Assessment Boundary: none

This resource is explicitly designed to build towards this performance expectation.

Comments about Including the Performance Expectation
Students are tasked with analyzing several different strategies to determine which eight would help reduce the amount of carbon emissions while being constrained to how many from each sector they can use to develop their plan. Throughout the game, students are focused on reducing carbon emissions which affect natural systems on Earth. There is little focus on the impacts of carbon emissions other than the beginning activity talking about climate change. To put more focus on the impact of human activities (carbon emitting activities), more discussion into the effects of climate change on natural systems would need to be incorporated. NASA Earth’s Dynamically Changing Climate ( lesson would solidify the effects of climate change and could be used to prior to the stabilzation wedges game.

Science and Engineering Practices

This resource is explicitly designed to build towards this science and engineering practice.

Comments about Including the Science and Engineering Practice
Students create a wedge triangle with eight different strategies they choose, based on scientific knowledge, criteria, and tradeoff considerations to reduce carbon emissions by 8 billion tons per year. Students are tasked with evaluating their design by judging it on a scale of 1-5 (5 being best) in terms of stakeholder groups such as: taxpayer/ consumers, energy companies, environmental groups, manufacturers, industrialized country governments, and developing country governments. This evaluation will help student teams justify their reasoning behind their choices when developing their oral reports. The student teams and teacher will determine which group has the best case for their designed reduction plan based on their justifications. To include the entire practice, student teams could be given a chance to refine their wedge triangles based on feedback after presenting their oral reports. The class could also come up with a consensus wedge triangle that would have the fewest costs associated with it.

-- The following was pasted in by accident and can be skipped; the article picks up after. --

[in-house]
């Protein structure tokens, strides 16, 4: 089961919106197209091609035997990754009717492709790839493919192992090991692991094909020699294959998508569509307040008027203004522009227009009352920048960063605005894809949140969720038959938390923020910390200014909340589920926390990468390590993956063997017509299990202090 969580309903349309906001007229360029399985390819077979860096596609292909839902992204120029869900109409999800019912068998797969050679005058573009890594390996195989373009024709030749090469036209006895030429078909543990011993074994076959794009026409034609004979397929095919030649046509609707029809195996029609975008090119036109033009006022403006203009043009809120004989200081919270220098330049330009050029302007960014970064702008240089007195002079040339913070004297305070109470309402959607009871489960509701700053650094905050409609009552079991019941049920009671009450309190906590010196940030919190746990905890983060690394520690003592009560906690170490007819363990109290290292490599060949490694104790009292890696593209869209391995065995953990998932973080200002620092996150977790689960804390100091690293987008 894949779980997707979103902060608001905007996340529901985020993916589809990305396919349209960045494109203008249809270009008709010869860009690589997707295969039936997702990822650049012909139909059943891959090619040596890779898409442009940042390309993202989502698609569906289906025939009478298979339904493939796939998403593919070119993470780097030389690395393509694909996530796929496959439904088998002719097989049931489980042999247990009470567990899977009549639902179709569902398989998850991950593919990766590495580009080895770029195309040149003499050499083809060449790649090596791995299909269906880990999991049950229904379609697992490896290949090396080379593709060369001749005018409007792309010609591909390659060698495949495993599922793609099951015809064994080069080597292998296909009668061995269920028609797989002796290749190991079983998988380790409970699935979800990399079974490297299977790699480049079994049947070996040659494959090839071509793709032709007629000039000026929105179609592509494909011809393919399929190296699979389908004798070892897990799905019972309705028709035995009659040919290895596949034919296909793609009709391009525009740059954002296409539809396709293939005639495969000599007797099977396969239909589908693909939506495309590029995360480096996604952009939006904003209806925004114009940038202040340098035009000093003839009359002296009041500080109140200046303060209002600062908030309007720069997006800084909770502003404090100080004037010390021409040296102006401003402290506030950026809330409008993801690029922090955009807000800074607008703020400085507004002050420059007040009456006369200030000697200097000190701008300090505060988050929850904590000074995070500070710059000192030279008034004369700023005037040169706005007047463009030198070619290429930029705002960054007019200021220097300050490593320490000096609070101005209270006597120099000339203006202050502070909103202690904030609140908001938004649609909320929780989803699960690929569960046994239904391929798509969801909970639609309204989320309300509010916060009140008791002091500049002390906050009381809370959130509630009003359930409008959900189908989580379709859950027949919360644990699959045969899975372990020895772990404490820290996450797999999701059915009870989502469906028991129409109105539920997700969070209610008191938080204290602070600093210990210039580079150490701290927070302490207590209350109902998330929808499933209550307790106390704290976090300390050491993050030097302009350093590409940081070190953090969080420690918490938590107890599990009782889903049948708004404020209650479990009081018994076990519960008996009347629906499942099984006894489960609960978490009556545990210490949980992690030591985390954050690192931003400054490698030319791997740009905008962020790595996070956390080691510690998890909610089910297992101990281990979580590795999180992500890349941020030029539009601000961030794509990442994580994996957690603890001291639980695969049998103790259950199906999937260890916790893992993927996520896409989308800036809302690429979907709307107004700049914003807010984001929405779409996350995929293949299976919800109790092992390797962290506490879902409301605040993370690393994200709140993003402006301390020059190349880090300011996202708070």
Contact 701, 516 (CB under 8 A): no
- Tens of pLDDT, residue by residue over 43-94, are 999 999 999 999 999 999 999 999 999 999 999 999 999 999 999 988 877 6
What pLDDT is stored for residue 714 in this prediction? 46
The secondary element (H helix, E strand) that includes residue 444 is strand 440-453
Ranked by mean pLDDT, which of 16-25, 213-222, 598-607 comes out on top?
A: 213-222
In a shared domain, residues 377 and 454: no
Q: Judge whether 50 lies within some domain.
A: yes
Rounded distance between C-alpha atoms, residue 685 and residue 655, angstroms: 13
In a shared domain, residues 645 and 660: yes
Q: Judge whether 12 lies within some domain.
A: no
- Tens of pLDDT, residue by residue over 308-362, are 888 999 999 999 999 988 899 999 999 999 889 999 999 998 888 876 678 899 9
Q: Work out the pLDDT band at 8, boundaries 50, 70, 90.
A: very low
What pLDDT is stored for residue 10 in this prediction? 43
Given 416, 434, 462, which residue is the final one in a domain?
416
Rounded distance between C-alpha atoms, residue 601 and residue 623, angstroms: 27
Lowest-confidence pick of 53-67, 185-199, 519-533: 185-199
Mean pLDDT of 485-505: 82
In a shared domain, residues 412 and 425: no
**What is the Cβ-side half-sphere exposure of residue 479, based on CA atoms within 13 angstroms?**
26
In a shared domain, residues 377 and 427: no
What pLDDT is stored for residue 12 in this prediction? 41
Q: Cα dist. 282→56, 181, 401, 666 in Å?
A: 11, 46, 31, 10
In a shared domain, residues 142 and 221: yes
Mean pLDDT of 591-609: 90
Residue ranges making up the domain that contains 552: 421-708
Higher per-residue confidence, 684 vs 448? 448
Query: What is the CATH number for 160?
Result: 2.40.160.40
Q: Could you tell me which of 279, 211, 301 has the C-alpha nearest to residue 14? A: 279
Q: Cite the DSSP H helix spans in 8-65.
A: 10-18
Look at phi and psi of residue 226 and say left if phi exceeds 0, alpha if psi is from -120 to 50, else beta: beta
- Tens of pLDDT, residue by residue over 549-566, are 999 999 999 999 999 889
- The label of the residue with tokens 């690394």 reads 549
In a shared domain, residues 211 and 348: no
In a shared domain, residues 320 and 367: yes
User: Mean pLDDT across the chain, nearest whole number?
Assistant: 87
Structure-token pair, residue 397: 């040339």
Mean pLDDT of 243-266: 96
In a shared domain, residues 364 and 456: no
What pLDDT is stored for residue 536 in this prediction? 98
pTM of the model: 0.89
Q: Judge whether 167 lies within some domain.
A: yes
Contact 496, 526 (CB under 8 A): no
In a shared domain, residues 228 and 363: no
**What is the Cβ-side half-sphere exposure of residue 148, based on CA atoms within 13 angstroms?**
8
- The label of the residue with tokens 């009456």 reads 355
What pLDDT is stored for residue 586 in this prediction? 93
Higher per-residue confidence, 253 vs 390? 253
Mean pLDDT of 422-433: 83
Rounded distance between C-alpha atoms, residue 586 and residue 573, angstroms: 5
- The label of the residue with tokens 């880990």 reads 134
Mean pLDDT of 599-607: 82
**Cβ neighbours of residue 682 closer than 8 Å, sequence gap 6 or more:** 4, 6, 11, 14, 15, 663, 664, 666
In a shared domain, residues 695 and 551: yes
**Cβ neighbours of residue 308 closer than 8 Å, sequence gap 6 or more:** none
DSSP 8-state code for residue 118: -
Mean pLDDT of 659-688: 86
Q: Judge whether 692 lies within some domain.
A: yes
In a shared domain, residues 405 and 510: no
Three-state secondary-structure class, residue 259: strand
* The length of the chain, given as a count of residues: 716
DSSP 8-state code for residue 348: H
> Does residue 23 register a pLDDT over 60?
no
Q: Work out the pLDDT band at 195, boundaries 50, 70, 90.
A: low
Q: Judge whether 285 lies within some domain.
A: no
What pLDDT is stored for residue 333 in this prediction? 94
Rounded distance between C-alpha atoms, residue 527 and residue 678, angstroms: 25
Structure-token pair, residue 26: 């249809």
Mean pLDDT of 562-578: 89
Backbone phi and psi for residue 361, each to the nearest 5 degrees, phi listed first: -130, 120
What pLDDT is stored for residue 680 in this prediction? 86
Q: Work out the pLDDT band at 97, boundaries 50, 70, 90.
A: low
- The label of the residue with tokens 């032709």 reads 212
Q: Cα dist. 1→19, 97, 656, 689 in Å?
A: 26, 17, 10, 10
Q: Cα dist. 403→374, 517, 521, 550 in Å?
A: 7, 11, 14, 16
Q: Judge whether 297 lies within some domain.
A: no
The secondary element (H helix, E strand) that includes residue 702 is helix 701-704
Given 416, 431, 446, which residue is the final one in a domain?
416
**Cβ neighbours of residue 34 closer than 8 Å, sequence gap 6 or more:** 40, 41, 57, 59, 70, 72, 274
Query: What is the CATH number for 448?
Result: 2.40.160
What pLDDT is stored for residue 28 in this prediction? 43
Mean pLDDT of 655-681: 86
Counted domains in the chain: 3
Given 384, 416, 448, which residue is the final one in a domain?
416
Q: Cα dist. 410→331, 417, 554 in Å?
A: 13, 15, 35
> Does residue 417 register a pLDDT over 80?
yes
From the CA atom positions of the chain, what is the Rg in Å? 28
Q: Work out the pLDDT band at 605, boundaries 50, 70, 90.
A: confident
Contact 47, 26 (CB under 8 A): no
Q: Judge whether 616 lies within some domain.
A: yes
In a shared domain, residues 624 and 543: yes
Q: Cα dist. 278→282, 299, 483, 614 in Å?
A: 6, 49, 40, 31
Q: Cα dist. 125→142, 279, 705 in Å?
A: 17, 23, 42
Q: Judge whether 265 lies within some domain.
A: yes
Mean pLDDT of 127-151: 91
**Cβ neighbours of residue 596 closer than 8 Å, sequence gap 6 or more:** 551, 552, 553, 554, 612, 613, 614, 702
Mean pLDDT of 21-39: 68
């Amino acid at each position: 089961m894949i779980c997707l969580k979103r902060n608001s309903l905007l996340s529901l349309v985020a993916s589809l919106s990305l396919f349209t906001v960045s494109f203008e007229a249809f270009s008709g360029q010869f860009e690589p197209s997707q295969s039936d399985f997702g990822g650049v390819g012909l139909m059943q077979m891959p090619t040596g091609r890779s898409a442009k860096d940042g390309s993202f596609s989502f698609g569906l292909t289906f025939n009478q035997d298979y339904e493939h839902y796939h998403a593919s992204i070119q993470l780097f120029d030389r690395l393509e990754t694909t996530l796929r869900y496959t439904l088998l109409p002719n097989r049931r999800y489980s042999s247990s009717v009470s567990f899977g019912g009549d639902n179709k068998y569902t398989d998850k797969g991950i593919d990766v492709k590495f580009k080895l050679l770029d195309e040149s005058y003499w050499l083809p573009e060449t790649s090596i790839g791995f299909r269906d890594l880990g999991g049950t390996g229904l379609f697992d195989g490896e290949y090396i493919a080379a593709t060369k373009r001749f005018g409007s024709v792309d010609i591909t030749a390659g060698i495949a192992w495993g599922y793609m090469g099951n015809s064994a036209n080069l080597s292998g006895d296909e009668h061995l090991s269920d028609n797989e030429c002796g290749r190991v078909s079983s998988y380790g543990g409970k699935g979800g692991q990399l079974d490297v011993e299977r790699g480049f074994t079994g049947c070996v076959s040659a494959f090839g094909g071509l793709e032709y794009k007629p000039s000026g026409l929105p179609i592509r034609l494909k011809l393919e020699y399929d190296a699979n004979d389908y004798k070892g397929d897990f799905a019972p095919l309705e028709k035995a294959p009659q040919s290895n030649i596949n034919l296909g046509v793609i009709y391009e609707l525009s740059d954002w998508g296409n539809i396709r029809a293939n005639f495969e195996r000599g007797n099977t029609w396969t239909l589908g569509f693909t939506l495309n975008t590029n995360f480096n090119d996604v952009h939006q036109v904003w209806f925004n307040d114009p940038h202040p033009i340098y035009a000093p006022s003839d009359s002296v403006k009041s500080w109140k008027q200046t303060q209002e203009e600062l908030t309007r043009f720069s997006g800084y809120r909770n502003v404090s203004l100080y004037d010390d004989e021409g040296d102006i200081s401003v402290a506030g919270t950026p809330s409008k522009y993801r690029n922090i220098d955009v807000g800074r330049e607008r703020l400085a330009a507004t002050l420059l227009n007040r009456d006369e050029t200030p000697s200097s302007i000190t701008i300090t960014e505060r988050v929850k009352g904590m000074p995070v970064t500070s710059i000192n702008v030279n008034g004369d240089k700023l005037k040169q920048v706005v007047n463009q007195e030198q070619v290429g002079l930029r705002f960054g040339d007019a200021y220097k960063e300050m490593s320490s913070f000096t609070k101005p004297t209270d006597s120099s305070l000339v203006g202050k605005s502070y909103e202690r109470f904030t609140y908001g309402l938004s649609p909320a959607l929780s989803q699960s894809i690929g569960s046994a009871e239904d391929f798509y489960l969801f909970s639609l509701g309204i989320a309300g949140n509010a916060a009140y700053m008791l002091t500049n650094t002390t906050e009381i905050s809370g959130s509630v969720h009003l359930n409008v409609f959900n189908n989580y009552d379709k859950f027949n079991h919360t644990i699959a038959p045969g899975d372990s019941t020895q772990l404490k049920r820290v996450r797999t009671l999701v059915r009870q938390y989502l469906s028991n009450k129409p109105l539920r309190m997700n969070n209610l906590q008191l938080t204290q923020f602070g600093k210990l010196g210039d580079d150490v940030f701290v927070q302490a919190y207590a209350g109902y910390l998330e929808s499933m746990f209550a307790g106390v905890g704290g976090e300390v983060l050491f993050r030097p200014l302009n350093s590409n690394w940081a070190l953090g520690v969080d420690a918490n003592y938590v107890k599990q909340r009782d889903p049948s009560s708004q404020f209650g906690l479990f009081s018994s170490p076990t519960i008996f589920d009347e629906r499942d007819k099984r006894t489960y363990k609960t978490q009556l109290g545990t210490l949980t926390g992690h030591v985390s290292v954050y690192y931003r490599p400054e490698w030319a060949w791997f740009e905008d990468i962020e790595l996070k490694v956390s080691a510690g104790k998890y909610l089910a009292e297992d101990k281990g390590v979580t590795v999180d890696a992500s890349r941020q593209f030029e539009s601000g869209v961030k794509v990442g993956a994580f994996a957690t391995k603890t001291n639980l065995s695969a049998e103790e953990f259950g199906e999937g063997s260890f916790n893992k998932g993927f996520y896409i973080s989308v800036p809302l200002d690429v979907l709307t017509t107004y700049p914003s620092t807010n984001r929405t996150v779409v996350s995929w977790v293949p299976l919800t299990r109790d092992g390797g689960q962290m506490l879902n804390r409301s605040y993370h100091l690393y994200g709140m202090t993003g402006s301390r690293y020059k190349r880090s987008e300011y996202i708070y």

Disciplinary Core Ideas

This resource appears to be designed to build towards this disciplinary core idea, though the resource developer has not explicitly stated so.

Comments about Including the Disciplinary Core Idea
Students are instructed to take into consideration constraints such as cost and technology when considering what strategies to incorporate into their wedge triangle. When they evaluate their choices based on what they think stakeholders may think, students then should take into consideration cost, safety, reliability, and aesthetics. Students may need clarification on some of the challenges as well as abbreviations. The teacher guide provides more detailed information for the 15 strategies presented to students. To make this more explicit, the small table where students rank how each strategy would be scored by a stakeholder should be expanded. An expanded ranking rubric that looks at each stakeholder’s take on cost, safety, reliability, and aesthetics would help make this more explicit. Students could also discuss what it would take to achieve both a low (1) and high (5) ranking.